I'm not sure what comes into play in my present situation: Murphy's Law, poetic justice, simple arrogance, or something else? But I have a confession to make.
It would have been easier if I hadn't spilt all on my blog. I could have just hidden the evidence and no one would have been any the wiser. But no, I had to boast about my latest project on a recent post (Blogger won't let me link tonight so if you actually care you'll have to scroll back down the page) and now that I can't carry it out, I have to 'fess up or be accused of misrepresentation or something equally odious.
Despite doing a tension/gauge square (well, rectangle really since I didn't knit enough rows to get a square) which is something I rarely do, and despite having to go down several needle sizes (which I never do either, I usually have to go up a size or two) to get the correct number of stitches to the inch, I was having awful problems with my Laar cardigan.
I don't profess to have perfect tension/gauge (I've already mentioned that I usually have to go up a size) but I do tend to have a neat tension (if that's how you can describe it). My rows of purl stitch tend to be as even as my rows of knit stitch and vice versa. I usually produce what I consider a very pleasant looking fabric with no unseemly gaps, holes or runs or loose looking stitches. Everything is usually as it should be.
Not so with Laar. Using what appeared to be the right needles to give me the desired gauge, it looked as if I had runs in my knitted fabric just like those unsightly runs in stockings (the ones you somehow manage to get in your last pair when you need to look your absolute best). At first I thought I had dropped a stitch but this proved to be incorrect. No, it was just the way the fabric was knitting up. So I undid it and tried again.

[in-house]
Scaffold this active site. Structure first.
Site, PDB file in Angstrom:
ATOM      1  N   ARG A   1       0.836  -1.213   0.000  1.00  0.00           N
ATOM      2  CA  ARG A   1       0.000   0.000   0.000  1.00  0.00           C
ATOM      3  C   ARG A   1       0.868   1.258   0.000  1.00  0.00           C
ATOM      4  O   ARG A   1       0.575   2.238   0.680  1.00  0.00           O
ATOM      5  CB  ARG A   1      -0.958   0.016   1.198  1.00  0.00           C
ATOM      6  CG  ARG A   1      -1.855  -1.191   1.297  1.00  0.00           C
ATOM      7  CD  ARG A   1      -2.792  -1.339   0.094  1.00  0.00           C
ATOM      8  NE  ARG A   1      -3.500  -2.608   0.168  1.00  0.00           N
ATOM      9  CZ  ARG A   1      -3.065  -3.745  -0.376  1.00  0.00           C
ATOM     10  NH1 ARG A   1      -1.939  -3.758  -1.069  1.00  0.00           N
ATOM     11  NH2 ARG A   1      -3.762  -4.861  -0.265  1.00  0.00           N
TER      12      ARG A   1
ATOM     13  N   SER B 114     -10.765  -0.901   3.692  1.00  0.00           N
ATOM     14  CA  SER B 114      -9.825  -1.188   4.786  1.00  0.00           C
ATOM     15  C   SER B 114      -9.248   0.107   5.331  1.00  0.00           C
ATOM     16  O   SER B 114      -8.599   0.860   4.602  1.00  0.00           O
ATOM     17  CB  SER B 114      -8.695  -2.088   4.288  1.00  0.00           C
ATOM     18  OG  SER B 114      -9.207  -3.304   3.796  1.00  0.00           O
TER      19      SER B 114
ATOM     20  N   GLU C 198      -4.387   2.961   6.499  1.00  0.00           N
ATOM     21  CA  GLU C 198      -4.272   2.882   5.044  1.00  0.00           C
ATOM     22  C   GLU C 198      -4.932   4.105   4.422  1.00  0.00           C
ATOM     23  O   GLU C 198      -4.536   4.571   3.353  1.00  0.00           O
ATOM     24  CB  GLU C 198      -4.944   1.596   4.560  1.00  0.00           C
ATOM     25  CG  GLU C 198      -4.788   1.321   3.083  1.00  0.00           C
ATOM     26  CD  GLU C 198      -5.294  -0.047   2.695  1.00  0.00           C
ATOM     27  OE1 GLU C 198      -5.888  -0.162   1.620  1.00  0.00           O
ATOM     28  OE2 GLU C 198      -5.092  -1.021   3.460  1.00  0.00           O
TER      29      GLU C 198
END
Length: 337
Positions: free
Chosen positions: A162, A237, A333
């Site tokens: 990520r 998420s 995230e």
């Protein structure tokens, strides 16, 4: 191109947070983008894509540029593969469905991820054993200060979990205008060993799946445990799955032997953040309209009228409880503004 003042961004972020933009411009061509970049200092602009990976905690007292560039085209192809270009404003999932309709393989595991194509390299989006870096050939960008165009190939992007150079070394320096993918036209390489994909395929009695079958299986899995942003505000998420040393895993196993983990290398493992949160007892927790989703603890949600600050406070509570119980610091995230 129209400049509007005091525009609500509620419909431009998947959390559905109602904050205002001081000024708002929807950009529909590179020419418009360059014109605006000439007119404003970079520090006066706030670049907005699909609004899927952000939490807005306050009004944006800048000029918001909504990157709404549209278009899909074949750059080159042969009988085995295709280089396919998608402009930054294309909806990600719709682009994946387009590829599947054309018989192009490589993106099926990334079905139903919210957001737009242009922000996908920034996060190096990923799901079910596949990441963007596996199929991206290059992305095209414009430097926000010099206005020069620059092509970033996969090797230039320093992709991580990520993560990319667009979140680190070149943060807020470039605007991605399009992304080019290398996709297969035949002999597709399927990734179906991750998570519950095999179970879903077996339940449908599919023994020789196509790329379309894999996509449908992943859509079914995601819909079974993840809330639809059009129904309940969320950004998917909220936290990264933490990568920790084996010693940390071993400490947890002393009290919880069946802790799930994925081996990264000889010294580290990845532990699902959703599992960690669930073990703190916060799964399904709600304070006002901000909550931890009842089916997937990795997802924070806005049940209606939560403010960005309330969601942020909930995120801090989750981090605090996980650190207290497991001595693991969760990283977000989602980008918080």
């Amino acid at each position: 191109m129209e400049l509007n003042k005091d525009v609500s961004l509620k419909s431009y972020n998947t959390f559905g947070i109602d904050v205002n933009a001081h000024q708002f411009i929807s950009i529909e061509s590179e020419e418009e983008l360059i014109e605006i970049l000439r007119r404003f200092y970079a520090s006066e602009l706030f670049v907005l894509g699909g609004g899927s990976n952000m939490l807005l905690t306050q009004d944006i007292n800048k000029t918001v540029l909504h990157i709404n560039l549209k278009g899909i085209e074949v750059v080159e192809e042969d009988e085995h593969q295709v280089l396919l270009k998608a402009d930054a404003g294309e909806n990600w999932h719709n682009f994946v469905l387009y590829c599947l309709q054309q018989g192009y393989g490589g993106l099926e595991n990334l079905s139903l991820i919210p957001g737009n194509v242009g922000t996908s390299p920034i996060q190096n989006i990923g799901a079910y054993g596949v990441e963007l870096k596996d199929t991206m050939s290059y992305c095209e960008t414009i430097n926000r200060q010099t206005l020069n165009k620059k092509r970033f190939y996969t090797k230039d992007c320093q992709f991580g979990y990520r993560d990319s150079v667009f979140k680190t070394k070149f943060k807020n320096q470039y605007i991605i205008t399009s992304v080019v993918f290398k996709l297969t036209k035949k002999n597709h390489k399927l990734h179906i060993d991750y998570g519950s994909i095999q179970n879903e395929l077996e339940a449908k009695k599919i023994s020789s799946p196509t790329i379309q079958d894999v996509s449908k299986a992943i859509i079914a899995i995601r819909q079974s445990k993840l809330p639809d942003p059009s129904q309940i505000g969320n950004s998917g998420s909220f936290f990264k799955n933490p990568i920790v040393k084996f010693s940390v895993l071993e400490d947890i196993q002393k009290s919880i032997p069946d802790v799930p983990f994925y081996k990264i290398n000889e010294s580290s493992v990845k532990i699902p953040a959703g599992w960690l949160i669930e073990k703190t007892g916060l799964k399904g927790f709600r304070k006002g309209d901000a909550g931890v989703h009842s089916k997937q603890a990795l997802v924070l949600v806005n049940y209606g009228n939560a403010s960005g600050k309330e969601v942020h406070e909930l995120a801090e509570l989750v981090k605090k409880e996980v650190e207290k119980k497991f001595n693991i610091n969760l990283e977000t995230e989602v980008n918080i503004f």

And then undid it again for the same reasons and made a brave decision: I would try and sell it. The yarn wasn't going to work for me but it could be perfect for someone else. I looked at similar listings online and discovered that the world of selling unwanted yarn wasn't exactly the most lucrative. Not that I was after a profit. But a nice little sum to buy a skein or two as replacement would be nice. But yarn didn't appear to be exactly where the action was.
Still, it was worth a go. So I took some photos, listed it, set a price, and prayed. I didn't hold out much hope and I didn't know what I was going to do with ten unused skeins of 2ply/lace yarn if it didn't sell. My course of action included the possibility of relisting it twice if it didn't sell.
It sold within twelve hours. Not expecting it to go so quickly it was another twelve hours before I even saw the email! Payment was prompt, Son#4 did the shipping for me, and already it's gone to a good home before I've even had a chance to miss it. Since then I've been searching online for a waif or two to replace it. I still like the idea of a lightweight cardigan or top but in 4ply/fingering rather than the 2ply/lace. I have a pattern or two in mind that I could adjust and hopefully won't give me the headache that the beautiful Laar did (perhaps if the yarn used in Laar was available in New Zealand it might have been a different story - but then, maybe not. Whoever uses 3.5mm needles these days? I thought they had become obsolete. I digress.)
Sadly, I'm having some difficulty finding a replacement. So far most of the hand dyed yarns I have fallen in love with are unavailable or there's only one skein available. Perhaps when the rest of the country gets the nasty weather we've had to endure the first week of autumn (autumn not winter, so it would be nice if it felt like it) those dye pots will come out and I'll be able to replace the 2ply/lace with something more suited to my tastes, tension/gauge, wrists, needles, patterns, needs (really Jules, do you need another knitted garment?) and desires.
Meanwhile, I have my other projects to go on with including the yarn for The Most Adorable Granddaughter#4 (and perhaps dream up something for The Most Adorable Granddaughter#5) and the last instalment of the Vintage Rouge quilt (which will not be as quick as earlier instalments). Certainly enough to keep me busy if these cold nights are to continue.